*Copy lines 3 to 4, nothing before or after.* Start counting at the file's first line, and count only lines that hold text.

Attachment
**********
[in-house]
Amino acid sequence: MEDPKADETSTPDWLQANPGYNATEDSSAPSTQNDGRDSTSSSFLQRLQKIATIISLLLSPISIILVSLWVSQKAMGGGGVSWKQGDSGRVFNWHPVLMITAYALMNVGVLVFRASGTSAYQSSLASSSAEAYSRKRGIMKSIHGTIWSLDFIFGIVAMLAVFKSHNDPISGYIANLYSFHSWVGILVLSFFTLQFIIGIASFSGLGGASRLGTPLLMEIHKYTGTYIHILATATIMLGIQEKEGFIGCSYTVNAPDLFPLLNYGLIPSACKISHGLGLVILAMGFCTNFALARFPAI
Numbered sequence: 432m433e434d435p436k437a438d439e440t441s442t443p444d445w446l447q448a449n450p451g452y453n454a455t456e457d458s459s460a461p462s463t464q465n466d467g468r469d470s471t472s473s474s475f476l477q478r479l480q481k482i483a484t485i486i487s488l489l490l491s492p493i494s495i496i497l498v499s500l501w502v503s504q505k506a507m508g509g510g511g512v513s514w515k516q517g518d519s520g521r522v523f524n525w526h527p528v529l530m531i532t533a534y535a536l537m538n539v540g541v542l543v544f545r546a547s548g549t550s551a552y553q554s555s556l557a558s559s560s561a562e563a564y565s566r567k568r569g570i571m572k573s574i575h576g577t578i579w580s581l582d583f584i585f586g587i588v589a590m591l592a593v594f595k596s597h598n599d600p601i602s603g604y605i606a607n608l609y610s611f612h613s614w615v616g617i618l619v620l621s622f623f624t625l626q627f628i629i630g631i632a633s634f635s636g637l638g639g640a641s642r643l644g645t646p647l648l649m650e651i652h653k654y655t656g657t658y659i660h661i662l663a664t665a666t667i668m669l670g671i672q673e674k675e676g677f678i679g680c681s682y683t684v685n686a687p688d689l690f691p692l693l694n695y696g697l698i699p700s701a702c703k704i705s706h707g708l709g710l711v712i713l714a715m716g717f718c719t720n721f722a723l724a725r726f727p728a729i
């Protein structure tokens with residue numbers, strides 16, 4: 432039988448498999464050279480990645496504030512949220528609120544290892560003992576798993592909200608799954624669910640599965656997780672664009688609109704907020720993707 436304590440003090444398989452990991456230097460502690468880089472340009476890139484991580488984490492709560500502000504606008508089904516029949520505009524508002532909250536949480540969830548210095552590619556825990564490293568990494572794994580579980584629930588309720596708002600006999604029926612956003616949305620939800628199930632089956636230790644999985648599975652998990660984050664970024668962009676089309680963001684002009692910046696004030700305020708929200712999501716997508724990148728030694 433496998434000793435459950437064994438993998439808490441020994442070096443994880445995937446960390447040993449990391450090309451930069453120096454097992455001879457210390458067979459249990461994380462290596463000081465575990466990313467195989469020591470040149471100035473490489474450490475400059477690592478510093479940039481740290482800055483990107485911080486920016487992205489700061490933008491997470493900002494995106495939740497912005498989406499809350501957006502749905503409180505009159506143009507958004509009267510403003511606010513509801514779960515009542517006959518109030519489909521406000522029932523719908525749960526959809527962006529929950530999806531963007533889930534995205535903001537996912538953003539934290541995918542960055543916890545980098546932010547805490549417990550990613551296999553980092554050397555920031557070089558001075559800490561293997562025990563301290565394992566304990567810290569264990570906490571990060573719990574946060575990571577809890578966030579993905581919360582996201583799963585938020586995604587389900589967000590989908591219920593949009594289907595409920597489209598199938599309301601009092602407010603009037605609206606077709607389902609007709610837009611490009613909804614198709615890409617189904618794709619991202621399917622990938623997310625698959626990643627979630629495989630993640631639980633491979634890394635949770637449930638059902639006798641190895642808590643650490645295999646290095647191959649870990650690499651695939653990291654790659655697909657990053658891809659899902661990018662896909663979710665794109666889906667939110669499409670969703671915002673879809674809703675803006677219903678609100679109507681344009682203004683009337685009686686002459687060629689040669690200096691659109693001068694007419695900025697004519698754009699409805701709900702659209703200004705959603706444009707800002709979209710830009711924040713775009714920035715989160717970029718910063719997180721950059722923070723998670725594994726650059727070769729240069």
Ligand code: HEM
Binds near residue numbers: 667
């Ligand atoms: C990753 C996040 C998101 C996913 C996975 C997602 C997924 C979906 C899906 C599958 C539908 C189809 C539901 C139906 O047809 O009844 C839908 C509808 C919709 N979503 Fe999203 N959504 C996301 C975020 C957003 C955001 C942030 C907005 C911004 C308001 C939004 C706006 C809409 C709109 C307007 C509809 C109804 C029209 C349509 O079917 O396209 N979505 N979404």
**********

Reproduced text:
Numbered sequence: 432m433e434d435p436k437a438d439e440t441s442t443p444d445w446l447q448a449n450p451g452y453n454a455t456e457d458s459s460a461p462s463t464q465n466d467g468r469d470s471t472s473s474s475f476l477q478r479l480q481k482i483a484t485i486i487s488l489l490l491s492p493i494s495i496i497l498v499s500l501w502v503s504q505k506a507m508g509g510g511g512v513s514w515k516q517g518d519s520g521r522v523f524n525w526h527p528v529l530m531i532t533a534y535a536l537m538n539v540g541v542l543v544f545r546a547s548g549t550s551a552y553q554s555s556l557a558s559s560s561a562e563a564y565s566r567k568r569g570i571m572k573s574i575h576g577t578i579w580s581l582d583f584i585f586g587i588v589a590m591l592a593v594f595k596s597h598n599d600p601i602s603g604y605i606a607n608l609y610s611f612h613s614w615v616g617i618l619v620l621s622f623f624t625l626q627f628i629i630g631i632a633s634f635s636g637l638g639g640a641s642r643l644g645t646p647l648l649m650e651i652h653k654y655t656g657t658y659i660h661i662l663a664t665a666t667i668m669l670g671i672q673e674k675e676g677f678i679g680c681s682y683t684v685n686a687p688d689l690f691p692l693l694n695y696g697l698i699p700s701a702c703k704i705s706h707g708l709g710l711v712i713l714a715m716g717f718c719t720n721f722a723l724a725r726f727p728a729i
């Protein structure tokens with residue numbers, strides 16, 4: 432039988448498999464050279480990645496504030512949220528609120544290892560003992576798993592909200608799954624669910640599965656997780672664009688609109704907020720993707 436304590440003090444398989452990991456230097460502690468880089472340009476890139484991580488984490492709560500502000504606008508089904516029949520505009524508002532909250536949480540969830548210095552590619556825990564490293568990494572794994580579980584629930588309720596708002600006999604029926612956003616949305620939800628199930632089956636230790644999985648599975652998990660984050664970024668962009676089309680963001684002009692910046696004030700305020708929200712999501716997508724990148728030694 433496998434000793435459950437064994438993998439808490441020994442070096443994880445995937446960390447040993449990391450090309451930069453120096454097992455001879457210390458067979459249990461994380462290596463000081465575990466990313467195989469020591470040149471100035473490489474450490475400059477690592478510093479940039481740290482800055483990107485911080486920016487992205489700061490933008491997470493900002494995106495939740497912005498989406499809350501957006502749905503409180505009159506143009507958004509009267510403003511606010513509801514779960515009542517006959518109030519489909521406000522029932523719908525749960526959809527962006529929950530999806531963007533889930534995205535903001537996912538953003539934290541995918542960055543916890545980098546932010547805490549417990550990613551296999553980092554050397555920031557070089558001075559800490561293997562025990563301290565394992566304990567810290569264990570906490571990060573719990574946060575990571577809890578966030579993905581919360582996201583799963585938020586995604587389900589967000590989908591219920593949009594289907595409920597489209598199938599309301601009092602407010603009037605609206606077709607389902609007709610837009611490009613909804614198709615890409617189904618794709619991202621399917622990938623997310625698959626990643627979630629495989630993640631639980633491979634890394635949770637449930638059902639006798641190895642808590643650490645295999646290095647191959649870990650690499651695939653990291654790659655697909657990053658891809659899902661990018662896909663979710665794109666889906667939110669499409670969703671915002673879809674809703675803006677219903678609100679109507681344009682203004683009337685009686686002459687060629689040669690200096691659109693001068694007419695900025697004519698754009699409805701709900702659209703200004705959603706444009707800002709979209710830009711924040713775009714920035715989160717970029718910063719997180721950059722923070723998670725594994726650059727070769729240069």